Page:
In epidemiology, time-series regression models are specially suitable for evaluating short-term effects of time-varying exposures to pollution. To summarize findings from different studies on different cities, the techniques of designed meta-analyses have been employed. In this context, city-specific findings are summarized by an ‘effect size’ measured on a common scale. Such effects are then pooled together on a second hierarchy of analysis. The objective of this article is to exploit exploratory analysis of city-specific time series. In fact, when dealing with many sources of data, that is, many cities, an exploratory analysis becomes almost unaffordable. Our idea is to explore the time series by fitting complete dynamic regression models. These models are easier to fit than models usually employed and allowimplementation of very fast automated model selection algorithms. The idea is to highlight the common features across cities through this analysis,which might then be used to design the meta-analysis. The proposal is illustrated by analysing data on the relationship between daily nonaccidental deaths and air pollution in the 20 US largest cities.

Mining epidemiological time series: an approach based on dynamic regression

CHIOGNA M.;
2005

Abstract

In epidemiology, time-series regression models are specially suitable for evaluating short-term effects of time-varying exposures to pollution. To summarize findings from different studies on different cities, the techniques of designed meta-analyses have been employed. In this context, city-specific findings are summarized by an ‘effect size’ measured on a common scale. Such effects are then pooled together on a second hierarchy of analysis. The objective of this article is to exploit exploratory analysis of city-specific time series. In fact, when dealing with many sources of data, that is, many cities, an exploratory analysis becomes almost unaffordable. Our idea is to explore the time series by fitting complete dynamic regression models. These models are easier to fit than models usually employed and allowimplementation of very fast automated model selection algorithms. The idea is to highlight the common features across cities through this analysis,which might then be used to design the meta-analysis. The proposal is illustrated by analysing data on the relationship between daily nonaccidental deaths and air pollution in the 20 US largest cities.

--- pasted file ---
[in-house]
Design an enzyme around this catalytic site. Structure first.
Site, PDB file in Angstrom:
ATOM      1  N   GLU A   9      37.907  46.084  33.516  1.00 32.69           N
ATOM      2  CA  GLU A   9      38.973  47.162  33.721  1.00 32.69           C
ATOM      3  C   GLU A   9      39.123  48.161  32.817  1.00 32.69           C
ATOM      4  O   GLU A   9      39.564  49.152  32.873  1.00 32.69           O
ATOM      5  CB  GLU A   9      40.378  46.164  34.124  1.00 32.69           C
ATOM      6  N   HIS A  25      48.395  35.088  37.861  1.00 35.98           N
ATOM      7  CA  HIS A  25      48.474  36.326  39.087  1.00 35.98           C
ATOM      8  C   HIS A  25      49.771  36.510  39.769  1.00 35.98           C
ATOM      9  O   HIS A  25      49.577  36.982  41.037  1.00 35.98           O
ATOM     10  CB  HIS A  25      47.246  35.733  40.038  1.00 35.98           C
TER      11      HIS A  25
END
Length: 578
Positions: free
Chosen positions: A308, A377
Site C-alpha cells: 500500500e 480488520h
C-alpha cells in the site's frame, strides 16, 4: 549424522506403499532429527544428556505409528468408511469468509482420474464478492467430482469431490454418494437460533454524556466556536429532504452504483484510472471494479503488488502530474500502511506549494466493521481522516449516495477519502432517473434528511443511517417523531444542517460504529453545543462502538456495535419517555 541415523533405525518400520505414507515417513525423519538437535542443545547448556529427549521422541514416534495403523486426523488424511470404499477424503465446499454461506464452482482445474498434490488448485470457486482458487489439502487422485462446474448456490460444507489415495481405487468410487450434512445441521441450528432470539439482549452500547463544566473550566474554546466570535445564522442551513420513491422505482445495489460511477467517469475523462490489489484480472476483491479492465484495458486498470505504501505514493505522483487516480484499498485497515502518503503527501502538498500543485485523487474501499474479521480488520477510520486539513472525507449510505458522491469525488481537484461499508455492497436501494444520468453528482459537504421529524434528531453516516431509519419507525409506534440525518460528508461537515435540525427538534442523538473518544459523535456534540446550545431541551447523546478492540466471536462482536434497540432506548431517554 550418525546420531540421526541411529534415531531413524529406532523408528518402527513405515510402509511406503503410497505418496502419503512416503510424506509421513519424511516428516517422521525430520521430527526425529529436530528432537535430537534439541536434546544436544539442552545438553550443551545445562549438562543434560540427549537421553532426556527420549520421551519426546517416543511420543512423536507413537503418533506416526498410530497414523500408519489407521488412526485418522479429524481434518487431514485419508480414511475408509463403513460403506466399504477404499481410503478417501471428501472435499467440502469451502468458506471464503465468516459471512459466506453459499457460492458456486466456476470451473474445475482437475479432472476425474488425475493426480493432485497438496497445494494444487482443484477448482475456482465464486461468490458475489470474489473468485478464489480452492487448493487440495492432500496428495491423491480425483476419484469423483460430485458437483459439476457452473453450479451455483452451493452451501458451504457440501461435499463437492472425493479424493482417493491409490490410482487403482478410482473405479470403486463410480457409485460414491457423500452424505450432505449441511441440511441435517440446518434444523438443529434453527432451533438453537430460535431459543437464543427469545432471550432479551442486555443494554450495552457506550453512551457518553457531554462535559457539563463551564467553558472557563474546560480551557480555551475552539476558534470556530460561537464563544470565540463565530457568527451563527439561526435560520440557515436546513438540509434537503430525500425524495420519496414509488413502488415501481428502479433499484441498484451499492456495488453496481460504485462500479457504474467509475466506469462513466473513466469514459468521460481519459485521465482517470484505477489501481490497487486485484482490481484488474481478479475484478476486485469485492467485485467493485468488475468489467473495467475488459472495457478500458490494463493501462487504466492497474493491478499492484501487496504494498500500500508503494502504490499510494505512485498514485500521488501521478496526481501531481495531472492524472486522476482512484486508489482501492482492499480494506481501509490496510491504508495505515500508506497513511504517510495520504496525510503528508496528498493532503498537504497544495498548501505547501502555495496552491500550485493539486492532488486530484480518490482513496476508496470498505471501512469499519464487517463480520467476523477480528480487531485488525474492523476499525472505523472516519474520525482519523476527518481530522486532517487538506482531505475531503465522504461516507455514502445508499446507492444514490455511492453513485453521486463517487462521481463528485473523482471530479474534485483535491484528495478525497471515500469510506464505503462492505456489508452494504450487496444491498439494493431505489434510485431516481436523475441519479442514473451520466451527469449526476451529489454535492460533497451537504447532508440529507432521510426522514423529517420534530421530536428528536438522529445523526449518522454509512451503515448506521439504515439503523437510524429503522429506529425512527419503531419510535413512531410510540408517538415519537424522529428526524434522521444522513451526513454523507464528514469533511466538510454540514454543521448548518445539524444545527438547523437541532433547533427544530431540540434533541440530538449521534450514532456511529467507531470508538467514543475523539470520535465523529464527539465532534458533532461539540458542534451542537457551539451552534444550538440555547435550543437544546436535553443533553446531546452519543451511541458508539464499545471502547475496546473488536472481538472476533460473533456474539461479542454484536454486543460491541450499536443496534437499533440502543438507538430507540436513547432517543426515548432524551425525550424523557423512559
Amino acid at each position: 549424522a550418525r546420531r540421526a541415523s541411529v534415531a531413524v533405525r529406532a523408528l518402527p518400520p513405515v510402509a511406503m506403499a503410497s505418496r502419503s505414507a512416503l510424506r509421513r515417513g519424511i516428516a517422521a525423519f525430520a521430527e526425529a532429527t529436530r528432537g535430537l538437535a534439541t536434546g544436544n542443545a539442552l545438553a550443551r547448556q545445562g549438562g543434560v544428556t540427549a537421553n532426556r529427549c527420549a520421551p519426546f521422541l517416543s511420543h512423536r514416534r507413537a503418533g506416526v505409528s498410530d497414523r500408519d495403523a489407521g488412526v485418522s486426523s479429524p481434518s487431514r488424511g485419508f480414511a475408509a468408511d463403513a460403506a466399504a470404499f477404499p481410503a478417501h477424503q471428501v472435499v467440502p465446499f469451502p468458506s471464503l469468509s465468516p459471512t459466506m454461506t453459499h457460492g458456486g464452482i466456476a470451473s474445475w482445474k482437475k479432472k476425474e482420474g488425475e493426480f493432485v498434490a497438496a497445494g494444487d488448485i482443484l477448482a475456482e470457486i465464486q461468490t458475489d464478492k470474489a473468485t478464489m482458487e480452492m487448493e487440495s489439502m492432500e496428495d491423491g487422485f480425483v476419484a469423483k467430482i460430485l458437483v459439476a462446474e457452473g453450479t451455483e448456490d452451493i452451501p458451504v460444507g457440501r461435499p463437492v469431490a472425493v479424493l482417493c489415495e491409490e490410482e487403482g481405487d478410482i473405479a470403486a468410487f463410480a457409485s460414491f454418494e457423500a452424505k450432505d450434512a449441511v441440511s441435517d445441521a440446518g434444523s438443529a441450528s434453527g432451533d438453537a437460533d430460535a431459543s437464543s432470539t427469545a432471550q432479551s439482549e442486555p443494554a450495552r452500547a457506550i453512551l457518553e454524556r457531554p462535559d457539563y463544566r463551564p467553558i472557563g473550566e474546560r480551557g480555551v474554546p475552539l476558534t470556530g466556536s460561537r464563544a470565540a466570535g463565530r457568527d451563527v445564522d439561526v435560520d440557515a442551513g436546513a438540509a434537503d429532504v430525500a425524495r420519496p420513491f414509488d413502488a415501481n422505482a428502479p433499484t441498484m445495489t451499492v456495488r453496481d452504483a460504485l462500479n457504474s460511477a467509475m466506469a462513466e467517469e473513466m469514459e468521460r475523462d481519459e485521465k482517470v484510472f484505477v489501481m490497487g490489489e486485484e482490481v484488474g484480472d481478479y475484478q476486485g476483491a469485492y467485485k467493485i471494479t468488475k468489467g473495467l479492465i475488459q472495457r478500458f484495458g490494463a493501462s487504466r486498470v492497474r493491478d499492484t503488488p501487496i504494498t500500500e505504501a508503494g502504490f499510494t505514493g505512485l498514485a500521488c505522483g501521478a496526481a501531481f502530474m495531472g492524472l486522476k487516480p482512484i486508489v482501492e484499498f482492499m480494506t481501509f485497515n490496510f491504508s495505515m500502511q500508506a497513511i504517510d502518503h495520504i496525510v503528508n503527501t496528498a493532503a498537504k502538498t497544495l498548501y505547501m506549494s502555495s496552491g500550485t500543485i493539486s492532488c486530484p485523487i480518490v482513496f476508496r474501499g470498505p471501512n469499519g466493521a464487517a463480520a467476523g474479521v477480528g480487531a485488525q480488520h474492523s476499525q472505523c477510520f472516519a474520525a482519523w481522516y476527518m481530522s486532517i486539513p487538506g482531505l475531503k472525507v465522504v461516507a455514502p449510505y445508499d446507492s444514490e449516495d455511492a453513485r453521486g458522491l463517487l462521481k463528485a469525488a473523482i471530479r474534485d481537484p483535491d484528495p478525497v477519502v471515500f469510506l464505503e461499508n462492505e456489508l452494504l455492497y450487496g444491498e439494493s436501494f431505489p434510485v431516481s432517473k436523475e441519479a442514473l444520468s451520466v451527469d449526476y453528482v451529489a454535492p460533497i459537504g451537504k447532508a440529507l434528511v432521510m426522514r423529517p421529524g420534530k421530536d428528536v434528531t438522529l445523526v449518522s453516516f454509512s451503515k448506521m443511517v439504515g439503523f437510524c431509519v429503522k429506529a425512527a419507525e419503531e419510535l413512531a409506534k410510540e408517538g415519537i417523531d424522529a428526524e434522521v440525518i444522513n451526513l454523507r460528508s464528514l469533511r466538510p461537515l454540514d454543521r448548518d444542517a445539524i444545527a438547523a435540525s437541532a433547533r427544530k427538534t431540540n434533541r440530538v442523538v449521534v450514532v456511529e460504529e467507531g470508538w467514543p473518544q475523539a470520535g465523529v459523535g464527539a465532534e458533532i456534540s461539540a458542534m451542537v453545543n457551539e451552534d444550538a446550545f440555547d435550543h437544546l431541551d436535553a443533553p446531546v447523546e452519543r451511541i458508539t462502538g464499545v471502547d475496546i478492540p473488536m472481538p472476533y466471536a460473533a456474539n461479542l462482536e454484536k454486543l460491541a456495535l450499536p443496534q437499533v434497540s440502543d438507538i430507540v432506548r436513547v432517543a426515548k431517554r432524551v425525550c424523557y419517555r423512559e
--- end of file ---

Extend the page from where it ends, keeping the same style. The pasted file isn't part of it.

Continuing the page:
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Utilizza questo identificativo per citare o creare un link a questo documento: http://hdl.handle.net/11585/647112
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